YAKUSHIMA, KAGOSHIMA PREF. – Flying fish and dolphins accompany us to Yakushima, skipping at the bows of our ferry in synchrony before disappearing into the ship’s wake. Despite a strong headwind, our journey from mainland Kagoshima has been plain sailing, and the clouds that hung oppressively over the bay that morning have receded northward over mainland Japan.
Enticed by blue sky, we move our breakfast party out on deck where the five of us, a ragtag group of Brits and Americans, sit hunched over bowls of udon — bought from the ferry’s restaurant — slurping the noodles and relying on the wind to cool the scalding soup.
Three hours into the crossing, and ahead of us the north shore of Yakushima looms, a facade of mountains that grows from the sea, climbing almost vertically to peaks nearly 2,000 meters tall. What scant trace of human life that exists on the island is collected in the port town of Miyanoura, a speck of activity dominated entirely by its forested backdrop.
These forests are what draw people — what drew us — to Yakushima, and are famous for inspiring the scenery of Studio Ghibli’s 1997 film, “Princess Mononoke.” Through them, a network of trails traverses the island, where starry-eyed hikers can be found lost to the forests’ charms.
The longest of these, the Arakawa trail, is a 12-hour round trip leading to the Jomon sugi, a massive yakusugi (Japanese cedar native to Yakushima) that is thought to be over 7,000 years old and registered as a UNESCO heritage site. Other trails are significantly shorter and we choose a three-hour loop through the Shiratani Unsuikyo Ravine, which contains some of the island’s most accessible yakusugi.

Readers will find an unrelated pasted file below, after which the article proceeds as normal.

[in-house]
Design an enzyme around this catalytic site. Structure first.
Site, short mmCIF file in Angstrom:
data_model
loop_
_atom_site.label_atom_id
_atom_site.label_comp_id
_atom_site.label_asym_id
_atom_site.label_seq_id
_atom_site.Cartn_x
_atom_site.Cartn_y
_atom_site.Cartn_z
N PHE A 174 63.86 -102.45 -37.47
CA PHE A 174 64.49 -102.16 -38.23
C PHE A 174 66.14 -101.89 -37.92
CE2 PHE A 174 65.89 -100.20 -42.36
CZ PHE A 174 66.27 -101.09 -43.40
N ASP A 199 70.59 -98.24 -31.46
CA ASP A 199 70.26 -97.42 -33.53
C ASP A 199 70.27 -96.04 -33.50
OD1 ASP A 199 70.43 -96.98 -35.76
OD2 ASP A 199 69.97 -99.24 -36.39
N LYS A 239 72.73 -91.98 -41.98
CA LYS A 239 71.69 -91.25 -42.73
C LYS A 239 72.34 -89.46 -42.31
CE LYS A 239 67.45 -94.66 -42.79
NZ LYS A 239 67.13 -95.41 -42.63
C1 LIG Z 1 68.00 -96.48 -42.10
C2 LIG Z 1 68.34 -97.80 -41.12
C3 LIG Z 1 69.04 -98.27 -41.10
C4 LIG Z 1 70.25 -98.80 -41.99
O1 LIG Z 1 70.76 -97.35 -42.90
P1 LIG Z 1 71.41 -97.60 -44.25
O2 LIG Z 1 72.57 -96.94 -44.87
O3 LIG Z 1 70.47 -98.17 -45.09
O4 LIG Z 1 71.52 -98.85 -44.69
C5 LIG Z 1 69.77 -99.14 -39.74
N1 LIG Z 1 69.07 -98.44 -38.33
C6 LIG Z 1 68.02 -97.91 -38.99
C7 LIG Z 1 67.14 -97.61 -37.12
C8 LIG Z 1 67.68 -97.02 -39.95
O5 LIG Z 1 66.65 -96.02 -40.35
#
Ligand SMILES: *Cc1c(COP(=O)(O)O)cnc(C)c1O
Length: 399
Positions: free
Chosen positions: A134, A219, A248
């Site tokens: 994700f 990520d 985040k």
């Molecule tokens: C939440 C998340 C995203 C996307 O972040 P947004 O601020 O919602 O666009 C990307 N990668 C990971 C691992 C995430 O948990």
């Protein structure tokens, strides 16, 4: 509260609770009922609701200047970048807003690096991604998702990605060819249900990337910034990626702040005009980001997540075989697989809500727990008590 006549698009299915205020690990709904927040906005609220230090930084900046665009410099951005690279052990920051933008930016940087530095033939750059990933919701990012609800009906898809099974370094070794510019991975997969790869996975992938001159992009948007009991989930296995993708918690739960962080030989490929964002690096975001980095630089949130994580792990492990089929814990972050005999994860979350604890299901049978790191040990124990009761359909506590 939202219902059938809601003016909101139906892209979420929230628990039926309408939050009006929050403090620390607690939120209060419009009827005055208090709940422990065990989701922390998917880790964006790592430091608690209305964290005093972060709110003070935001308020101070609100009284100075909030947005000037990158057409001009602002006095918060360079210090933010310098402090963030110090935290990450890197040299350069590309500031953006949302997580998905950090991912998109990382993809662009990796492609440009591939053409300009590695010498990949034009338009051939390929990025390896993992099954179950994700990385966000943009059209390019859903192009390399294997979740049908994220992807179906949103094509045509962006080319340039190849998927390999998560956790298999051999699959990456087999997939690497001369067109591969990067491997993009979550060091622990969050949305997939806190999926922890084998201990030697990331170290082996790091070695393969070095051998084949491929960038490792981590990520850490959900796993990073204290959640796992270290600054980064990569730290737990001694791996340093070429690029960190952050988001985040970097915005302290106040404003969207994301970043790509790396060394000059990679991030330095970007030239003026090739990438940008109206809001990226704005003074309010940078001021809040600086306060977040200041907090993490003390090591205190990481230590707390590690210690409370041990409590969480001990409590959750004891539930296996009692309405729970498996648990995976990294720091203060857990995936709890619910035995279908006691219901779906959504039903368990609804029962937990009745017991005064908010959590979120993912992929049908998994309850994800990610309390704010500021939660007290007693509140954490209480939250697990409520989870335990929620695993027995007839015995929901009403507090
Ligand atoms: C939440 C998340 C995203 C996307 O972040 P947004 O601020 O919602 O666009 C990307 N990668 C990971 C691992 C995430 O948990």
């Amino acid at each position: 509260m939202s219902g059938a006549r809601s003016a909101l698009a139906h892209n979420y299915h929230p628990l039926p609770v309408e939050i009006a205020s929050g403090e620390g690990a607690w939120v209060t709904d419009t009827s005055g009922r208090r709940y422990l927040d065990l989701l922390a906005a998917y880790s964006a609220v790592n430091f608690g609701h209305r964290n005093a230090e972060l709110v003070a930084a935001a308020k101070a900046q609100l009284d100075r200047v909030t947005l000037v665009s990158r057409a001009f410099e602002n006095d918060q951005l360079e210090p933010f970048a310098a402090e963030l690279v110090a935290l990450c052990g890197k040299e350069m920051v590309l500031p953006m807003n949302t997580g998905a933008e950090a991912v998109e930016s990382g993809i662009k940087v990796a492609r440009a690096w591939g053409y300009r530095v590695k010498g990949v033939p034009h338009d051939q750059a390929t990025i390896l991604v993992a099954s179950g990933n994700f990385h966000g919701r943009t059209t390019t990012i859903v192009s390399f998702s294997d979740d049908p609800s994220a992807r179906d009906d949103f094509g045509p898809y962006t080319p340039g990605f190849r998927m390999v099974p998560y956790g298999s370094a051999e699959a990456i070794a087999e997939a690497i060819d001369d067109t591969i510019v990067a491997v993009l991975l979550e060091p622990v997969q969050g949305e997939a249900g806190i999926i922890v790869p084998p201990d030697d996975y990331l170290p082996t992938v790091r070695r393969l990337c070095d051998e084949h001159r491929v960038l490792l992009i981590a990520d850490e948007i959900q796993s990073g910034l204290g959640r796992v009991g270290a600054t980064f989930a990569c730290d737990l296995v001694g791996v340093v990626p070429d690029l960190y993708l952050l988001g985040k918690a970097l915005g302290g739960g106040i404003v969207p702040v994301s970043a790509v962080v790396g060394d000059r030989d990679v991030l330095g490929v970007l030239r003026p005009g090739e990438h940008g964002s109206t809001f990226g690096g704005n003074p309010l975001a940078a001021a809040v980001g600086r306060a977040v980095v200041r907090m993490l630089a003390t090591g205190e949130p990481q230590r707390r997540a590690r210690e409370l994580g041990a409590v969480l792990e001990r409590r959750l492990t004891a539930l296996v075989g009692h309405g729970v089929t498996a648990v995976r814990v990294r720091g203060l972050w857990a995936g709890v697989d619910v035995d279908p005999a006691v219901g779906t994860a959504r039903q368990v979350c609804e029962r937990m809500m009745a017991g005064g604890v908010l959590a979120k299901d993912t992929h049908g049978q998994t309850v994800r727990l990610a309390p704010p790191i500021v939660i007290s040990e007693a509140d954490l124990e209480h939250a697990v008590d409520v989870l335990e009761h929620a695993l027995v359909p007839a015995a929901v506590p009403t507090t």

Three steps along the trail and I, too, begin to lose myself. I feel I’ve traveled back to a Japan not yet inhabited, without industry or sprawling metropolises. In the forests, cedars predating Rome grow in spectacular formations, trunks and roots intertwined so that three trees become one. My skin is dappled with green light refracted through the leaves above and reflected off the moss below as we meander between stream and path, and traverse bridges made of the forest’s cedar. The trickle of running water underscores all.
Our route leads up and above the forest to the great granite plateau of Taiko Iwa, where we pause to enjoy a late lunch. The view before us stretches across the island’s interior, through which the Anbo River cuts a scar on its journey to the Pacific on Yakushima’s eastern shore. Our lunches — bought in Miyanoura — are elegant creations of rice and fish, wrapped in thick banana leaves to keep their contents cool. Eagerly, we wolf them down.
With dusk fringing the afternoon sky, we leave the forest and come by car to the end of our journey. At the southern shore of Yakushima, hot water swells through cracks in the island’s igneous coastline to form natural bathing pools. Some of these exist permanently, while others appear and disappear on the tide, their locations a mystery to all but the locals and a few of their lucky guests.
As our knotted legs begin to soften in the waters of one of these pools, we watch the sun decline over the western horizon and the forest fade to black. Of all we have seen, only the mountains remain, silhouetted by the last vestiges of sunlight.
Located off the south of Kyushu, Yakushima can be reached by hydrofoil (2 to 3 hours, one-way ¥9,000) and car ferry (4 hours, one-way ¥4,900, cars extra) from Kagoshima Ferry Port’s South Pier. The island is served by Yakushima Airport from which Japan Air Commuter flies to major cities across the country. Car rental is available in Miyanoura. Trail maps are available at yakukan.jp/doc.
IN FIVE EASY PIECES WITH TAKE 5